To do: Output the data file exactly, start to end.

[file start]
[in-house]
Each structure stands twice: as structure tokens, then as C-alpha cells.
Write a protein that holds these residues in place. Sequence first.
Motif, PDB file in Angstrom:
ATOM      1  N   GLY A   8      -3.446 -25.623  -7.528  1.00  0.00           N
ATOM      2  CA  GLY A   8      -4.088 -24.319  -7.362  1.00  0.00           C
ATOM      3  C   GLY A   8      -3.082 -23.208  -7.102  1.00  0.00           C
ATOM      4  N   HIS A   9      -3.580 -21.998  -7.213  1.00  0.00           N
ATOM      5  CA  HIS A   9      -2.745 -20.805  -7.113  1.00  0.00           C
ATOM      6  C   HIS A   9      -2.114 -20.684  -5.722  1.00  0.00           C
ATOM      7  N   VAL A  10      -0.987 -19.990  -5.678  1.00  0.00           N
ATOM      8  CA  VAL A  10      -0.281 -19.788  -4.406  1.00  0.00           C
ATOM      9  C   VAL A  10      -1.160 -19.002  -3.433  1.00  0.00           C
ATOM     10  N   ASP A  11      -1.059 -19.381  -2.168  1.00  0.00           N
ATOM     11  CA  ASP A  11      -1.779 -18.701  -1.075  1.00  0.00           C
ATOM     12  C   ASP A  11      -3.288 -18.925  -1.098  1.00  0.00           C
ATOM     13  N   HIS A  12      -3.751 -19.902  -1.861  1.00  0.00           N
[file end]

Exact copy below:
[in-house]
Each structure stands twice: as structure tokens, then as C-alpha cells.
Write a protein that holds these residues in place. Sequence first.
Motif, PDB file in Angstrom:
ATOM      1  N   GLY A   8      -3.446 -25.623  -7.528  1.00  0.00           N
ATOM      2  CA  GLY A   8      -4.088 -24.319  -7.362  1.00  0.00           C
ATOM      3  C   GLY A   8      -3.082 -23.208  -7.102  1.00  0.00           C
ATOM      4  N   HIS A   9      -3.580 -21.998  -7.213  1.00  0.00           N
ATOM      5  CA  HIS A   9      -2.745 -20.805  -7.113  1.00  0.00           C
ATOM      6  C   HIS A   9      -2.114 -20.684  -5.722  1.00  0.00           C
ATOM      7  N   VAL A  10      -0.987 -19.990  -5.678  1.00  0.00           N
ATOM      8  CA  VAL A  10      -0.281 -19.788  -4.406  1.00  0.00           C
ATOM      9  C   VAL A  10      -1.160 -19.002  -3.433  1.00  0.00           C
ATOM     10  N   ASP A  11      -1.059 -19.381  -2.168  1.00  0.00           N
ATOM     11  CA  ASP A  11      -1.779 -18.701  -1.075  1.00  0.00           C
ATOM     12  C   ASP A  11      -3.288 -18.925  -1.098  1.00  0.00           C
ATOM     13  N   HIS A  12      -3.751 -19.902  -1.861  1.00  0.00           N